Cyprus Mail

Art takes over Geroskipou’s archaeological site

As September beckons, the cultural agenda starts to awaken from its summer hibernation. New plays and exhibitions are on the horizon. Eco Art 2019: PUBLIC NATURE – PRIVATE CULTURE is a contemporary art project with environmental connotations which is set to be presented on August 31 in Paphos.

It’s a project that was first implemented as part of the events undertaken while Paphos was the European Capital of Culture in 2017, under the title ‘Eco Art in the Akamas Peninsula’. This year the ex-Artis Cultural Association presents the Eco Art project in collaboration with Geroskipou Municipality at Efta Ai-Giorkies archaeological site in Geroskipou. The title, PUBLIC NATURE – PRIVATE CULTURE, expresses a duality that carries over into the artistic project. On the one hand, Nature – geology, fauna and flora – provides the ‘public’ components to which some of the artworks refer. On the other, we have culture, the remains of the past and other traces of human culture being clearly identifiable in the site.

The area consists of caves and ancient rock-cut, underground burial chambers on a rocky plateau southwest of Geroskipou. This rare rock formation has preserved the area’s natural landscape throughout the centuries. Some of the caves are nowadays used as places of worship. The geology of the site combines with its spirituality and the changes wrought by urban planning as three of the features which can spark the artists’ contributions to Eco Art.

In this rich natural and cultural context, seven international artists (Tim Bennett, Marianna Constanti, Μiriam Mc Connon, Michalis Papamichael, Julia Schewalie, Rinos Stefani, Susan Vargas) have been invited by the curator, Prof. Hermann Pitz, to create contemporary artworks inspired by Nature, the past and the present, local traditions, and the memories connected with the area.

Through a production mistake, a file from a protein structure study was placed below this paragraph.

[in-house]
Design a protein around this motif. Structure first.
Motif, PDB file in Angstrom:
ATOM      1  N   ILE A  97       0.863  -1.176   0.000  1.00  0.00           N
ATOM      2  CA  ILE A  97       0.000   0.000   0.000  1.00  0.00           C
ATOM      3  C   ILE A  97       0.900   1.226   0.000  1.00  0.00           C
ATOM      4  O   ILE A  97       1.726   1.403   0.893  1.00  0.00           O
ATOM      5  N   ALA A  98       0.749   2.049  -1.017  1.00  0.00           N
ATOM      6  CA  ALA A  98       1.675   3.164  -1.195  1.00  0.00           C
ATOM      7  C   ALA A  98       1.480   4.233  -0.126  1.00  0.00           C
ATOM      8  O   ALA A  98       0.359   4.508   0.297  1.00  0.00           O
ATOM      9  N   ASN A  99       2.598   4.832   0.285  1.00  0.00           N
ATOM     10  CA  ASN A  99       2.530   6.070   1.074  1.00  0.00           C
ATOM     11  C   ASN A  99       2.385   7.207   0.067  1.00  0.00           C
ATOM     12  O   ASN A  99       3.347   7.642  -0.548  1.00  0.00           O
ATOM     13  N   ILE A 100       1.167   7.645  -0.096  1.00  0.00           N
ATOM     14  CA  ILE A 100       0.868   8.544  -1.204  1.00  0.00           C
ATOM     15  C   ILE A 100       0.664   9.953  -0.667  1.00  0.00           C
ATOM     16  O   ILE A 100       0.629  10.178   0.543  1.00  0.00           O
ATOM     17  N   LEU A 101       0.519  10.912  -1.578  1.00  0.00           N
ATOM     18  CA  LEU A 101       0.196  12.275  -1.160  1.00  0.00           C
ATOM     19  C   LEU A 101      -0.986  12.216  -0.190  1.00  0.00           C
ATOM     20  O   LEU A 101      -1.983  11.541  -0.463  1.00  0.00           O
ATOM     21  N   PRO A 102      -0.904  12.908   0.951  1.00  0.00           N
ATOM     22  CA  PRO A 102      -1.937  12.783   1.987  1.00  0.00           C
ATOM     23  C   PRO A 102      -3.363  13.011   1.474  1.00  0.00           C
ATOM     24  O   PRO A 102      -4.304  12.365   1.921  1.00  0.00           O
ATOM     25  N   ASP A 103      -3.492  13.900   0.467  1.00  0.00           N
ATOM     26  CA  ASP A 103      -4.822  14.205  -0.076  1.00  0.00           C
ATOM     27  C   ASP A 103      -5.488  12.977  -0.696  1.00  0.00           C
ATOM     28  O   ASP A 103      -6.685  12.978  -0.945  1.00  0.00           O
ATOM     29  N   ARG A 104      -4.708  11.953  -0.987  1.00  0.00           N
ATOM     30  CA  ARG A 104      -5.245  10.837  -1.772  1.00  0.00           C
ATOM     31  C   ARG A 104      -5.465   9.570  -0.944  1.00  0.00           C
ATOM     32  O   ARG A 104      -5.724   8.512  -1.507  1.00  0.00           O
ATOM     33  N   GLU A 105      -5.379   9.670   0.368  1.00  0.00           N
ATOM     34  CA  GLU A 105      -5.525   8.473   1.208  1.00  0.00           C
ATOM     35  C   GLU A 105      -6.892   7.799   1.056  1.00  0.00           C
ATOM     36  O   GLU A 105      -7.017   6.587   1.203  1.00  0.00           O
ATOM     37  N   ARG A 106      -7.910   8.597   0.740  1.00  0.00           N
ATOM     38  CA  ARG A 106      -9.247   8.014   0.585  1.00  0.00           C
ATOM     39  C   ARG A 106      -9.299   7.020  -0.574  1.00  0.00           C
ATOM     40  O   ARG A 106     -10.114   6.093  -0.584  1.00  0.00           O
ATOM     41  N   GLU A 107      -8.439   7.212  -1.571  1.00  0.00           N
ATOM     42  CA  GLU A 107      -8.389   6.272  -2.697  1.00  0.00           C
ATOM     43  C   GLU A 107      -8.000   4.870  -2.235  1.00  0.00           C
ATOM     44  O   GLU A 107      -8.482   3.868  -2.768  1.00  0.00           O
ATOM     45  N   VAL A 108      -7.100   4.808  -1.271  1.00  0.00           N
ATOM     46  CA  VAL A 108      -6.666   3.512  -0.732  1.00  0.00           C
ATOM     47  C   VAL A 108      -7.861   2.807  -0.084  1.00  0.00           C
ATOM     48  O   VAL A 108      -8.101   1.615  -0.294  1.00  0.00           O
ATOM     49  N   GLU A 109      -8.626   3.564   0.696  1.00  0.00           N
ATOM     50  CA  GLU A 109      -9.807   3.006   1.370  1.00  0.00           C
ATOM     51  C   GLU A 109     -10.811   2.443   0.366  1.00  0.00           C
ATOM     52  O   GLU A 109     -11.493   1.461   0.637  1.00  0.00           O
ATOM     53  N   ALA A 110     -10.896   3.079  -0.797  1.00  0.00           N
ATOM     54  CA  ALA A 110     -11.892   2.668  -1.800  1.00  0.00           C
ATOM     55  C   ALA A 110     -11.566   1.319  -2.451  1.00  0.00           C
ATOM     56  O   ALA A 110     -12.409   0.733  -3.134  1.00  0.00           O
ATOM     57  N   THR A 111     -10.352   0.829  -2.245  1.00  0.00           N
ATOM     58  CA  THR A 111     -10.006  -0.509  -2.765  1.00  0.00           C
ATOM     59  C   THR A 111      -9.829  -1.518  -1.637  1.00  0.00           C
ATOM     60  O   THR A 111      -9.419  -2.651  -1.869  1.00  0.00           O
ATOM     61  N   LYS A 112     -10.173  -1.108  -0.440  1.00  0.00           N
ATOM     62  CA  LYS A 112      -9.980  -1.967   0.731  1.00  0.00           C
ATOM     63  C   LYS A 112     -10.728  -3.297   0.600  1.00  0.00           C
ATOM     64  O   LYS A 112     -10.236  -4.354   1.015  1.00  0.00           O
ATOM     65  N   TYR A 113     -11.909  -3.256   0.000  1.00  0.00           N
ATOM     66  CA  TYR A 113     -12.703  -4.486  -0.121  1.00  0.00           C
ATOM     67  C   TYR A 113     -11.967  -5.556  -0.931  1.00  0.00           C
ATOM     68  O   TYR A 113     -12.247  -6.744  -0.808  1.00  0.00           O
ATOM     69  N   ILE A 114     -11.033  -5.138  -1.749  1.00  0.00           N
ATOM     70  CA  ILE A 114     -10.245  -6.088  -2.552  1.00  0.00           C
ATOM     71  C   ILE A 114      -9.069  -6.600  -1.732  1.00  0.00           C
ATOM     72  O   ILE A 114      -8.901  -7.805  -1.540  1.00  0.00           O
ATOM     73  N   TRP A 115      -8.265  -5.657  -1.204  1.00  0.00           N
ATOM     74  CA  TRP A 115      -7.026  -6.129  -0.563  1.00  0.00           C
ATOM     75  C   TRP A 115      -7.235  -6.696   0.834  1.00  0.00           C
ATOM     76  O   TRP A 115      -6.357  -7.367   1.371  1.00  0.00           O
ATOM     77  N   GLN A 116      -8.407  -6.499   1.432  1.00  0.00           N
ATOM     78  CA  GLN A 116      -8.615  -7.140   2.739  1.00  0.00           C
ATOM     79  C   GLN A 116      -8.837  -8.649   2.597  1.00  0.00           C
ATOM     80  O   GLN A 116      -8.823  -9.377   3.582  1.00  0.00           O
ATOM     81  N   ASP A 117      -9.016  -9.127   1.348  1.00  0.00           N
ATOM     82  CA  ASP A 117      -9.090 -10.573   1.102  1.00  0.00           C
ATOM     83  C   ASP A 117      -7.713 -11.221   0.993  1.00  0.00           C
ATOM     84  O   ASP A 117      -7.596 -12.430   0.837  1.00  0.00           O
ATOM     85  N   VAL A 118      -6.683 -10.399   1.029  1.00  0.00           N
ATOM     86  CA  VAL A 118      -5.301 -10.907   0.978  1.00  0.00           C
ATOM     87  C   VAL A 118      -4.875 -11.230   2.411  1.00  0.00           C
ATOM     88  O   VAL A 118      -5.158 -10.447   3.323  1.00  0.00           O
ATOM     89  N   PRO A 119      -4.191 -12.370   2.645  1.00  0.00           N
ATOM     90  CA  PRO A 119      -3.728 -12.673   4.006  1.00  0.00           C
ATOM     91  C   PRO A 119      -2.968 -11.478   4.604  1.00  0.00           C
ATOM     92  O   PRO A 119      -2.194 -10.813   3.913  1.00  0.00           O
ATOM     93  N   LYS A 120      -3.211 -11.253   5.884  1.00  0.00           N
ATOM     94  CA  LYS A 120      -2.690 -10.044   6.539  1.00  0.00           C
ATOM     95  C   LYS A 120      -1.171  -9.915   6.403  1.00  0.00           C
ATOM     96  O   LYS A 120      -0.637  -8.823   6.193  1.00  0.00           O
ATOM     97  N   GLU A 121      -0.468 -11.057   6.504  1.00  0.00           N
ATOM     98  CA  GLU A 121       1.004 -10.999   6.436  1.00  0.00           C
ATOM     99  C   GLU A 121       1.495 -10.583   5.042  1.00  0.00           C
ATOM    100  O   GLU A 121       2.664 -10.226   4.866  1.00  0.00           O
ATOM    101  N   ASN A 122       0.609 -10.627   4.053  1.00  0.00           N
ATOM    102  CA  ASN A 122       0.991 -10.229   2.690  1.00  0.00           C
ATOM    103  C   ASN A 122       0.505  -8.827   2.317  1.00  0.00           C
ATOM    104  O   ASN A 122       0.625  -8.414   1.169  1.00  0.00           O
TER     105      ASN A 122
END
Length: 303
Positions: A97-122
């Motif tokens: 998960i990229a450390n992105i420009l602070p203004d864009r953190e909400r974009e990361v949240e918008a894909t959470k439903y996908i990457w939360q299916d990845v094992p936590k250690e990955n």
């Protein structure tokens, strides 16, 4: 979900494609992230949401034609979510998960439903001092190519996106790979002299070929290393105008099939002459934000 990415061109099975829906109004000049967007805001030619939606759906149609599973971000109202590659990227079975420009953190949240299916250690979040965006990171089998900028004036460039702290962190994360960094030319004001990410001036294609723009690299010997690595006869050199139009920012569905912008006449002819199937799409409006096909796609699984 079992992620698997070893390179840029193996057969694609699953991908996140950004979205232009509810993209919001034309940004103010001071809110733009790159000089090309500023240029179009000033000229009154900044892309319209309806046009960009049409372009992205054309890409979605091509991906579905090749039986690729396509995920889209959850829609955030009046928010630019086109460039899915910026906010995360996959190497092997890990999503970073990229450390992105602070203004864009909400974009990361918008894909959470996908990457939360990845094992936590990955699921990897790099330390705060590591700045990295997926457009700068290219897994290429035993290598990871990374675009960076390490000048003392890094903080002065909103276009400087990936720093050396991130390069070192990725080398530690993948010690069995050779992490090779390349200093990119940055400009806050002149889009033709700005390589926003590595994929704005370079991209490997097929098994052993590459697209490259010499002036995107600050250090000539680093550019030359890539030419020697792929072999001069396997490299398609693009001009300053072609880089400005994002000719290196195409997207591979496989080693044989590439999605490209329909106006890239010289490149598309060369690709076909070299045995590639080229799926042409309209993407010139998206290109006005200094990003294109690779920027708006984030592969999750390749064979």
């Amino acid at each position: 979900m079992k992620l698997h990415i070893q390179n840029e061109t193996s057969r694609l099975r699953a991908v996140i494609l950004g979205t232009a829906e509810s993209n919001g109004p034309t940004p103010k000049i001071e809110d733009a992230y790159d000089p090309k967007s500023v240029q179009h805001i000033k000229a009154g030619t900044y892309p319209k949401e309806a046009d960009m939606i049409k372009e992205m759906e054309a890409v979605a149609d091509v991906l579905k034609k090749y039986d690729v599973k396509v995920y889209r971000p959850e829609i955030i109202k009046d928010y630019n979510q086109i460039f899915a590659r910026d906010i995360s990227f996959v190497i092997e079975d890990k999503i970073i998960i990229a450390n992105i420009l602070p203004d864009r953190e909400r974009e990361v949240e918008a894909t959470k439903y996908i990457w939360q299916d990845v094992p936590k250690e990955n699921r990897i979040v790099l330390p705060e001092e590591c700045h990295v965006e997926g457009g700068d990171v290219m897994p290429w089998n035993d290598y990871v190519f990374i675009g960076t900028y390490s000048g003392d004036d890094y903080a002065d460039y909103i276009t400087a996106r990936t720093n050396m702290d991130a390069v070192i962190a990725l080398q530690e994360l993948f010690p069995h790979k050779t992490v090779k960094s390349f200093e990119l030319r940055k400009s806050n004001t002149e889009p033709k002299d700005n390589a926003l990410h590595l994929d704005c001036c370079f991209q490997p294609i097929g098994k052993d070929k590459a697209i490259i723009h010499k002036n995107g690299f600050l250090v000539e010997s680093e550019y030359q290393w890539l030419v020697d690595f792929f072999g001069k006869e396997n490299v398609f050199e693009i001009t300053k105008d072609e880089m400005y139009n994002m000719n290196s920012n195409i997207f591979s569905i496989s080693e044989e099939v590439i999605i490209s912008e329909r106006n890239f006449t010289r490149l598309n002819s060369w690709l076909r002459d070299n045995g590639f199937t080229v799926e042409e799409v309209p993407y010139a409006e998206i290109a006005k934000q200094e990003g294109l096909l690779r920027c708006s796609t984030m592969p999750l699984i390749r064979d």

Tim Bennett’s artwork is a wish tree, a contemporary totem. His ‘Wish Harder’ piece is composed of modern construction materials as they might be used in a future Eco City, and idealises the beauty of the trees around us. The sculpture has an archaic dignity, and holds its own secrets.

The site-specific installation ‘Memory Game’ by Marianna Constanti is formed by fragmented casts – more like reliefs of dollhouses though, at the same time, formed as modern ruins. It exists visually as a miniature of the general perspective of the Efta Ai-Giorkies area as observed from a distance, offering a landscape where the viewer can create their own story. ‘Memory Game’ relates to the artist’s childhood memories, as she grew up in Geroskipou and visited the area, creating a space between reality, fragility and fiction.

Miriam McConnon’s large-scale cave installation reflects the Efta Ai-Giorkies area’s status as a traditional place of worship. The artist examines the collective aspect of worship while highlighting the solitary path of individual grief and loss.

Michalis Papamichael’s installation deals with issues related to long-term biocultural heritage and the change of landscapes. The ephemeral artwork refers to the site’s spirituality and stands as a votive offering to the current residents of the Efta AiGiorkies site – the cats.

Julia Schewalie creates a minimalistic image of the unknown past. The reasons why the caves were enlarged, or the purposes for which certain niches were carved into the rock, are only partly known. The artist’s work makes this lacuna visual, confronting the viewer with the secrets of the past.

Rinos Stefani’s ‘Saint George and the Dragon’ represents the Anthropocene epoch, dating from the start of significant human impact on the Earth’s geology and ecosystems – and of course including our current global crisis, anthropogenic climate change. His tree is a slaughtered victim of people’s compulsion to exploit Nature.

Lastly, Susan Vargas creates modern votive tablets based on interaction with the visitors, as well as the believers. Their offerings can be very personal and private, but very public as well. Her seven wax tablets in one of the caves have this duality about them, the private/public dichotomy made explicit in the title of the project as a whole. While it is not known who has written the message, it is there for everyone to see.

It’s not just these seven artists who are part of Eco Art 2019. A group of students from the Department of Architecture of Neapolis University are also taking part in the project with their own artwork. Maria Giannaka, Nikos Sokorelis, Thanasis Karahalios and Michalis Michaelidis created an installation called ‘Aphrodite’s Pigeon’ as a contemporary image of Aphrodite, referring explicitly to the myth of the goddess. Her physical appearance is symbolised in the volumes of metal frames. Only her bird (the titular pigeon) has a biomorphic form.

The exhibition, which has been made possible in collaboration with Geroskipou Municipality, the Antiquities Department and the Neapolis University Paphos, will open on August 31 and will last until December 31.


Eco Art 2019

Art exhibition with seven international and local artists, as well as students from the Department of Architecture of Neapolis University. August 31-December 31. Efta Ai-Giorkies archaeological site, Geroskipou, Paphos. Opening night 6pm. Tel: 99-753089

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